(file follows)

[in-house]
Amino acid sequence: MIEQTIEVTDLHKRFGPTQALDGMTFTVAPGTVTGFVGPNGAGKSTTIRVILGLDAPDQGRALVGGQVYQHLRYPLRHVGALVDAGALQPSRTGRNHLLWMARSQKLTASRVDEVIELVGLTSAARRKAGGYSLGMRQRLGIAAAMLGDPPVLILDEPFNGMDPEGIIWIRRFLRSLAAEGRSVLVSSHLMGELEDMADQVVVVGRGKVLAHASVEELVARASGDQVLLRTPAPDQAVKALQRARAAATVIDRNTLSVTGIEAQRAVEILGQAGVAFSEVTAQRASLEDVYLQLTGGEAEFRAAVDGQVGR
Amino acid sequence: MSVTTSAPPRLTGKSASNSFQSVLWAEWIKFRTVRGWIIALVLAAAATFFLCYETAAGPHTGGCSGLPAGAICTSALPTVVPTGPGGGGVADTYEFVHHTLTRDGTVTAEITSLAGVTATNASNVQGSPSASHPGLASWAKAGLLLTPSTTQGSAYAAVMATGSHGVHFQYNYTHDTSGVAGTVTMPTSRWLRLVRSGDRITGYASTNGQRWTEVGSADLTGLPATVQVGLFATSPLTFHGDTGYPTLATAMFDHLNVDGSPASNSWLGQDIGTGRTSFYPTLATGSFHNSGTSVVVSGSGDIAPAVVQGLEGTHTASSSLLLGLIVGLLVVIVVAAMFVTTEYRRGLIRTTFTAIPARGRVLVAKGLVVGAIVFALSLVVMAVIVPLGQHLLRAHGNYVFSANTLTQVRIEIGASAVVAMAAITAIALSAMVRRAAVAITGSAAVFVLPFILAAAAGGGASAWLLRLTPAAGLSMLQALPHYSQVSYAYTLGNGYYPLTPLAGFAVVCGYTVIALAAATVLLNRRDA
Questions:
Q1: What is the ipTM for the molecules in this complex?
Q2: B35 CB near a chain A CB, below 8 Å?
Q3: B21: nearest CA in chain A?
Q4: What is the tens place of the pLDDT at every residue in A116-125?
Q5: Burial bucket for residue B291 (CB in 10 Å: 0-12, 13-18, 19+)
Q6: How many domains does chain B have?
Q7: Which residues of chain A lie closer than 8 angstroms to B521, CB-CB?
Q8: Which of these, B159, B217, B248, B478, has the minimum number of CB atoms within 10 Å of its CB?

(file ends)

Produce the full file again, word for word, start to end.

[in-house]
Amino acid sequence: MIEQTIEVTDLHKRFGPTQALDGMTFTVAPGTVTGFVGPNGAGKSTTIRVILGLDAPDQGRALVGGQVYQHLRYPLRHVGALVDAGALQPSRTGRNHLLWMARSQKLTASRVDEVIELVGLTSAARRKAGGYSLGMRQRLGIAAAMLGDPPVLILDEPFNGMDPEGIIWIRRFLRSLAAEGRSVLVSSHLMGELEDMADQVVVVGRGKVLAHASVEELVARASGDQVLLRTPAPDQAVKALQRARAAATVIDRNTLSVTGIEAQRAVEILGQAGVAFSEVTAQRASLEDVYLQLTGGEAEFRAAVDGQVGR
Amino acid sequence: MSVTTSAPPRLTGKSASNSFQSVLWAEWIKFRTVRGWIIALVLAAAATFFLCYETAAGPHTGGCSGLPAGAICTSALPTVVPTGPGGGGVADTYEFVHHTLTRDGTVTAEITSLAGVTATNASNVQGSPSASHPGLASWAKAGLLLTPSTTQGSAYAAVMATGSHGVHFQYNYTHDTSGVAGTVTMPTSRWLRLVRSGDRITGYASTNGQRWTEVGSADLTGLPATVQVGLFATSPLTFHGDTGYPTLATAMFDHLNVDGSPASNSWLGQDIGTGRTSFYPTLATGSFHNSGTSVVVSGSGDIAPAVVQGLEGTHTASSSLLLGLIVGLLVVIVVAAMFVTTEYRRGLIRTTFTAIPARGRVLVAKGLVVGAIVFALSLVVMAVIVPLGQHLLRAHGNYVFSANTLTQVRIEIGASAVVAMAAITAIALSAMVRRAAVAITGSAAVFVLPFILAAAAGGGASAWLLRLTPAAGLSMLQALPHYSQVSYAYTLGNGYYPLTPLAGFAVVCGYTVIALAAATVLLNRRDA
Questions:
Q1: What is the ipTM for the molecules in this complex?
Q2: B35 CB near a chain A CB, below 8 Å?
Q3: B21: nearest CA in chain A?
Q4: What is the tens place of the pLDDT at every residue in A116-125?
Q5: Burial bucket for residue B291 (CB in 10 Å: 0-12, 13-18, 19+)
Q6: How many domains does chain B have?
Q7: Which residues of chain A lie closer than 8 angstroms to B521, CB-CB?
Q8: Which of these, B159, B217, B248, B478, has the minimum number of CB atoms within 10 Å of its CB?